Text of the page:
Watts - Houston-Packer Collection BX5207.W3 S4x 1805 v.1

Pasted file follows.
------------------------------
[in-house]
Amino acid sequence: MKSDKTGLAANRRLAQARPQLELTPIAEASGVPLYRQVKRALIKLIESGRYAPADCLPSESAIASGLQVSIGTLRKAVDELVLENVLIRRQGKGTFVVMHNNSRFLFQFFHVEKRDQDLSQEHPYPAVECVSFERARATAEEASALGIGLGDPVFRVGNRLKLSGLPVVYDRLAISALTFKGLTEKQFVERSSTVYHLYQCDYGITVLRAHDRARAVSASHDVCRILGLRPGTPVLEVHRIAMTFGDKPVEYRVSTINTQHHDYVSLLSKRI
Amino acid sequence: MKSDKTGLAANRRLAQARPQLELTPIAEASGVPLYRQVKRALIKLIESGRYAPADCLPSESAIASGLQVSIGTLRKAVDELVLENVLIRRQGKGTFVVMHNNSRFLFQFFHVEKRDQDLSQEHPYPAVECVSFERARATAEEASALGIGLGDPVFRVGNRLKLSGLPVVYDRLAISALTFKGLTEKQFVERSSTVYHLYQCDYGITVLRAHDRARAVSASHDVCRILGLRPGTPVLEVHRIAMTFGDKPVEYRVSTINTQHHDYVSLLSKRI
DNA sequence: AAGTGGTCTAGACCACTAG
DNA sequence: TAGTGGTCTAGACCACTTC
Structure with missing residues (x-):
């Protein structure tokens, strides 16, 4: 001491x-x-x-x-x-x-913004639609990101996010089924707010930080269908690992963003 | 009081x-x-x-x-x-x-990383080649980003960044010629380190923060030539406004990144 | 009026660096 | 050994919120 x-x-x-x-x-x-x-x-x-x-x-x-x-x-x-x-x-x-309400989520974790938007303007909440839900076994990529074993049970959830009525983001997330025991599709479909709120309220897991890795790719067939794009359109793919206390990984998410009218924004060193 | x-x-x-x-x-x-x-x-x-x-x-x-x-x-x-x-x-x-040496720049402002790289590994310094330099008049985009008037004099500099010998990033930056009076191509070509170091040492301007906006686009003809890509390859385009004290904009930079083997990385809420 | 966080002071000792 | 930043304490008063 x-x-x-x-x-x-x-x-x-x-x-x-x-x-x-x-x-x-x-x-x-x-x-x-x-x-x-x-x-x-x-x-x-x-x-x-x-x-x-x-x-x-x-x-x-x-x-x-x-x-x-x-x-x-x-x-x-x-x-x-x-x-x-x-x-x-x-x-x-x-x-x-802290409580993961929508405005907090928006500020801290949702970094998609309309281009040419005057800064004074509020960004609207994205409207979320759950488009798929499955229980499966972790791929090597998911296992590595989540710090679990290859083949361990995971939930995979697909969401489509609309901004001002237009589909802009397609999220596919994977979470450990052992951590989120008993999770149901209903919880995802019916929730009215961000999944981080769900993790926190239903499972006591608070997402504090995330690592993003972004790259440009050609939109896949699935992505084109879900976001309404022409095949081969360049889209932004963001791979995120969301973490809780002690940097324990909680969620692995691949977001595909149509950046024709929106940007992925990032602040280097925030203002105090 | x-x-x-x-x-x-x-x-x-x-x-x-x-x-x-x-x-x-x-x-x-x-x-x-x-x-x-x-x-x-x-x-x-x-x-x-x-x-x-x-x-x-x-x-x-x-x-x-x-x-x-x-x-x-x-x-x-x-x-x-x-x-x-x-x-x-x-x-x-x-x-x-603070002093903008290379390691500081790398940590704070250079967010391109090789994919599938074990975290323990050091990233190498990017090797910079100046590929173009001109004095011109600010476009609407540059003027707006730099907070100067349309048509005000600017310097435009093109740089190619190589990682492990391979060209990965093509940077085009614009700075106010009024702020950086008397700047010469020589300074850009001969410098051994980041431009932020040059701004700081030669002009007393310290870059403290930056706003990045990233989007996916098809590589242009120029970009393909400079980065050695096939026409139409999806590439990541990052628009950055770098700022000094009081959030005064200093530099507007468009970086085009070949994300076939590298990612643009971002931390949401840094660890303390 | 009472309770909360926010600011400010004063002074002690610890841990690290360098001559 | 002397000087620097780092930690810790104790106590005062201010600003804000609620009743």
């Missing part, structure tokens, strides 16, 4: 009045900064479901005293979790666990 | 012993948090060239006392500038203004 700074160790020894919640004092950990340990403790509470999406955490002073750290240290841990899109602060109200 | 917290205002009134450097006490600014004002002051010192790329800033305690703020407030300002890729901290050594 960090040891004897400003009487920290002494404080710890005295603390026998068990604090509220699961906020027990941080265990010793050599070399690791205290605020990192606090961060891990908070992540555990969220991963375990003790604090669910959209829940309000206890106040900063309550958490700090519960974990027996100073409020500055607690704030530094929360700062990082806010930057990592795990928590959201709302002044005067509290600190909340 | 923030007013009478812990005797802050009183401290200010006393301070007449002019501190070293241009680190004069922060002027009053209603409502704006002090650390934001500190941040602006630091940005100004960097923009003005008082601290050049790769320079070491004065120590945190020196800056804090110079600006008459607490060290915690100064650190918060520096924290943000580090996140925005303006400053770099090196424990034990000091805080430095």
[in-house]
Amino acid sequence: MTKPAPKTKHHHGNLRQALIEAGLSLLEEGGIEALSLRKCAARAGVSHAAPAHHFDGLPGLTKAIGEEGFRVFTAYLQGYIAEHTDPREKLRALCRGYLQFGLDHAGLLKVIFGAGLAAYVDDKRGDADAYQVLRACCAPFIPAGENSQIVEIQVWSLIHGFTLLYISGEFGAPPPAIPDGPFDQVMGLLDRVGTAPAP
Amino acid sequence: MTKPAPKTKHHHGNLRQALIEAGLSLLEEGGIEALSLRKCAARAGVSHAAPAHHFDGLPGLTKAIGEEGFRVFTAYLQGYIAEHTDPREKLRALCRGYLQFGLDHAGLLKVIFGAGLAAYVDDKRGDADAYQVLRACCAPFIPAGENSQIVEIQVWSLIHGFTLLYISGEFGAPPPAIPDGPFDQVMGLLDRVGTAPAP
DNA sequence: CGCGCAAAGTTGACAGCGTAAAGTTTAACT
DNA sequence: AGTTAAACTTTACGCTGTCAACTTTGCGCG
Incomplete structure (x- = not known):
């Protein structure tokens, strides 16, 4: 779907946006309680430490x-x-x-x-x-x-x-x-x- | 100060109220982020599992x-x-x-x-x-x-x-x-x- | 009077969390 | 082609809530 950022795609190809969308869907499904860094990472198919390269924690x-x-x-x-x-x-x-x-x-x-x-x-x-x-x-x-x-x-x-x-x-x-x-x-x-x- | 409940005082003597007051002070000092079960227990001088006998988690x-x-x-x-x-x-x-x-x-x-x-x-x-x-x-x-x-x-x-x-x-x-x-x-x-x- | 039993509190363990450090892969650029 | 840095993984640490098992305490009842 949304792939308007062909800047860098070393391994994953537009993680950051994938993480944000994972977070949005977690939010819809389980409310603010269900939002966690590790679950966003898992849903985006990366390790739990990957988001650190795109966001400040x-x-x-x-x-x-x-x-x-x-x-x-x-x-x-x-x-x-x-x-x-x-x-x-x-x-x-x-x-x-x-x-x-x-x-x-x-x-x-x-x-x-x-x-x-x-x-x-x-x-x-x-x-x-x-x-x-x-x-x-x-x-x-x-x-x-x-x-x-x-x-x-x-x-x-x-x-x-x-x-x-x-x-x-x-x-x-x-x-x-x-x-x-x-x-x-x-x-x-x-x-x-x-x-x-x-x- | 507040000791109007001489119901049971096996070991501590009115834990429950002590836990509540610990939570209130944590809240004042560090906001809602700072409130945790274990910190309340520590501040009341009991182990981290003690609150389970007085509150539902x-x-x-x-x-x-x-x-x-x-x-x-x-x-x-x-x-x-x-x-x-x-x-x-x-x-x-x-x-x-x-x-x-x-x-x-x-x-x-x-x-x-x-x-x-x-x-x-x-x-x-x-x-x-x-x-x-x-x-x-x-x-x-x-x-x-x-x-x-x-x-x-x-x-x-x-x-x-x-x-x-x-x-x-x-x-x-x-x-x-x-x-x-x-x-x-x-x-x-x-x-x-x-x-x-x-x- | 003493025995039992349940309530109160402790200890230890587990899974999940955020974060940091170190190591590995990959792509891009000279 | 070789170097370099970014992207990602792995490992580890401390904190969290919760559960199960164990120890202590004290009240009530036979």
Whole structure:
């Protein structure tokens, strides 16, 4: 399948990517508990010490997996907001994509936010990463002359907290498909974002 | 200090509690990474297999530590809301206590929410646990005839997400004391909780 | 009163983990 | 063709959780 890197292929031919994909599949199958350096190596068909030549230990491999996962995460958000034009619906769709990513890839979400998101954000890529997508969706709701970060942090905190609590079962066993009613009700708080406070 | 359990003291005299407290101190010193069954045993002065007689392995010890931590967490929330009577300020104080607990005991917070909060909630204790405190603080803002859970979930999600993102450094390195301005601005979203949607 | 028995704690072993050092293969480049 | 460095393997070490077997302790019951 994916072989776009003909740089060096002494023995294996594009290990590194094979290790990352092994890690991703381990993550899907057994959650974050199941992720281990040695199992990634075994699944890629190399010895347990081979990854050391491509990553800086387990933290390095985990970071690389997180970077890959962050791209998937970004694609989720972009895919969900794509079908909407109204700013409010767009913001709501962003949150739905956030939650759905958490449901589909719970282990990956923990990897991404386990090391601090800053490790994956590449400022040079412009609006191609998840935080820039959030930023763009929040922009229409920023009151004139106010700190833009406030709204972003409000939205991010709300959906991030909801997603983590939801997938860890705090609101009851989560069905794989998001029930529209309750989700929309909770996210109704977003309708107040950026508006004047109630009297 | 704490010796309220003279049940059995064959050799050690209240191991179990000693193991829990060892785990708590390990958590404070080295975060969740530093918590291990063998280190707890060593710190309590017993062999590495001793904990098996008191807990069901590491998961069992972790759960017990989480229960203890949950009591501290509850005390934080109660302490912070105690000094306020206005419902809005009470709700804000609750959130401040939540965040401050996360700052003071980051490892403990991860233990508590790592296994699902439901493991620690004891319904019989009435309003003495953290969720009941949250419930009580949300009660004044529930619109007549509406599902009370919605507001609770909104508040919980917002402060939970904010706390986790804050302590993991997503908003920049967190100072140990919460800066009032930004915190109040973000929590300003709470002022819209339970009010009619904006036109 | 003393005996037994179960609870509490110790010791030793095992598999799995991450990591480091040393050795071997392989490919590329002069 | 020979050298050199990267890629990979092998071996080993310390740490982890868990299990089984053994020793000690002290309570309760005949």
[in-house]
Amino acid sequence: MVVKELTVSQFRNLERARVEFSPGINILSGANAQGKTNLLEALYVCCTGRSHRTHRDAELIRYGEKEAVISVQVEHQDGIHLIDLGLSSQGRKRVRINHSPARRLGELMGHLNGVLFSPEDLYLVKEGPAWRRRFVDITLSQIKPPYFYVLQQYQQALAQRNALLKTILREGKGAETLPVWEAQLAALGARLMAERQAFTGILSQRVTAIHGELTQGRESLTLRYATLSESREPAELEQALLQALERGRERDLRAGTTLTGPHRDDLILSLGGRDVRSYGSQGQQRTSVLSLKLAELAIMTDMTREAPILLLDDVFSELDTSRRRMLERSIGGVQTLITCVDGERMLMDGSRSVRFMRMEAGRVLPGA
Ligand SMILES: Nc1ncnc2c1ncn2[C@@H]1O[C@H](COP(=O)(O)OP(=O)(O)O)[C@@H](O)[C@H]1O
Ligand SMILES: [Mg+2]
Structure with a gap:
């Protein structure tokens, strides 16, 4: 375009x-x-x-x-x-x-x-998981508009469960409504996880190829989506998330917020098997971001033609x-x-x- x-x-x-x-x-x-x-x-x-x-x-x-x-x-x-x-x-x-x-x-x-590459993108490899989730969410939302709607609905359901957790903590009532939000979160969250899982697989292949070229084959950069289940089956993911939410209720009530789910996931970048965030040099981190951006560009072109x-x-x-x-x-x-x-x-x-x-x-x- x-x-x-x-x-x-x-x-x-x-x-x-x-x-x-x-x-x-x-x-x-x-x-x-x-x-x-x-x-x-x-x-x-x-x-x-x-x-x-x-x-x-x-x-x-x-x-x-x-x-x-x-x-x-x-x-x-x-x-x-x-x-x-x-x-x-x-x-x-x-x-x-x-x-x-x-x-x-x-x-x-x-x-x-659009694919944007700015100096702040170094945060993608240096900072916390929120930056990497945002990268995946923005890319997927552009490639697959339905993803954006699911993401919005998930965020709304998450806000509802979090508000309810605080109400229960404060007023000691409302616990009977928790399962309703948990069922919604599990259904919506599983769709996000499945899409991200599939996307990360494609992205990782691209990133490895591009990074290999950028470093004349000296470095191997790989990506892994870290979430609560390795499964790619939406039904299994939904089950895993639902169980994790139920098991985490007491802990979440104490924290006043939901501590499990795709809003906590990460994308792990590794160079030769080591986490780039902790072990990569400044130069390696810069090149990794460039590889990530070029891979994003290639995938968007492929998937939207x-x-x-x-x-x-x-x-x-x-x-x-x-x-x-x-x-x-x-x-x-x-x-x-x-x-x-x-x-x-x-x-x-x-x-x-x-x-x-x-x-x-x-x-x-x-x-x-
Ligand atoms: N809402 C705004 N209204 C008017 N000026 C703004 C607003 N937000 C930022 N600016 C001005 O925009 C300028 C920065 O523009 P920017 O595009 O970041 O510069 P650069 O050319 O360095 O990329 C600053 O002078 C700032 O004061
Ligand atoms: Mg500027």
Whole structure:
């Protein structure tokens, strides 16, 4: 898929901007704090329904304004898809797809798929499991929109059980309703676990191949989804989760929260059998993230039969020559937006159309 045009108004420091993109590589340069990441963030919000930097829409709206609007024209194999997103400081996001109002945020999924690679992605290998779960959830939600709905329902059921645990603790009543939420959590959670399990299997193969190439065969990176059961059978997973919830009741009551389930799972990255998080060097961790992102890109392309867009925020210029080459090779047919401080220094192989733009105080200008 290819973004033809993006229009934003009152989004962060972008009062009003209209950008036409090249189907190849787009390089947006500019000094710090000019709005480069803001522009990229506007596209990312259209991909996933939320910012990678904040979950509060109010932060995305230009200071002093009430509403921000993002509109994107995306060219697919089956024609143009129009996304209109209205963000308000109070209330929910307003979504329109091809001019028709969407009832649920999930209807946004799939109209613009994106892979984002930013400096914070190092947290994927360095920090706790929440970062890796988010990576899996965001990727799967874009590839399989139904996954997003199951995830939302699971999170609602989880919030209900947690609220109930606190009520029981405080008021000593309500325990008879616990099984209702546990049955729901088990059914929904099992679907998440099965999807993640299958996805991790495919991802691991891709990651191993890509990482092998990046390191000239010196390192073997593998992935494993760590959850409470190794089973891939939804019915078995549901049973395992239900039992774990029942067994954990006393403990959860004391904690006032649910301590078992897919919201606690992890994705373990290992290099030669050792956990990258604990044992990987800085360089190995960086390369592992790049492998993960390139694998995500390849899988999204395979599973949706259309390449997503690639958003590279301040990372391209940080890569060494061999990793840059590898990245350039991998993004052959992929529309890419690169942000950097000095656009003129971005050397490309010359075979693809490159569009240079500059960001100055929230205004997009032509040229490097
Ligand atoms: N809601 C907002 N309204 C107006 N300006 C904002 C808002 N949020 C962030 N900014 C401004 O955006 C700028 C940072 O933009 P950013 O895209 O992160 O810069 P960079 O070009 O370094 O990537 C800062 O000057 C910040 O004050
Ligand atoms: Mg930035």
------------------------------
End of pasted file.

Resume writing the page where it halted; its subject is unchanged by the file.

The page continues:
BERM. IX., THÉ HIDDEN LIFE OF A CHRISTIAN. lG7 sound of a trumpet, into public light and glory; the same persons, indeed, that once inhabited mortality, but in far different equipage and array. The christian, on earth, is like the rough diamond among the common pebbles of the shore ; in the resur rection-day the diamond is cut and polished, and set in a tablet of gold. All that inward worth and lustre of holiness and grace, which are now hidden, shall be then visible and public before the eyes, of the whole creation. Then the saints shall be known by their shining, in the day when the Lord makes up his jewels, Mal. iii. 17. When the spirits of the just made perfect in all the beauties of holiness, shall return to their former man- sions; and become men again ; when their bodies are raised from the dust, in the likeness of the body of our blessed Lord, how shall all the saints shine in the king- dom of their Father, though in the kingdoms of this world they were obscure and undistinguished ! They shall appear, in that day, as the meridian sun breaking from a long,and dark eclipse; and the sun is too bright a being to be unknown; 'Mat. xiii. 43. What is there in a poor saint here, that discovers what he shall be hereafter? Howmean his appearance now ! how magnificent in that day ! What was there in Laza- rus on the dunghill, when the dogs licked his sores, that could lead us to. any thought what he should be in the bosom of Abraham ? What is there in the martyrs and confessors, described in Heb. xi. those holy men, with their sheep-skins, and their goat-skins upon them, wan- dering in deserts, and hidden in dens and caves of the earth ? What was there in these poor and miserable spectacles that looks like a saint in glory ? or that could give us any intimation what they shall be in the great rising day? Now are we the sons of God, but it does not ,yet ap- pear what we shall be; 1 John iii. 2. We can shew no pattern of it here below. Shall we go to the palaces of eastern princes, and borrow their crowns and sparkling attire, to shew how the saints are drest in heaven? Shall We take their marble pillars, their roofs of cedar, their costly furniture of purple and gold, to describe the man- sions of immortality? Shall we attend the chariot of some Roman general, with all the ensigns of victory, m4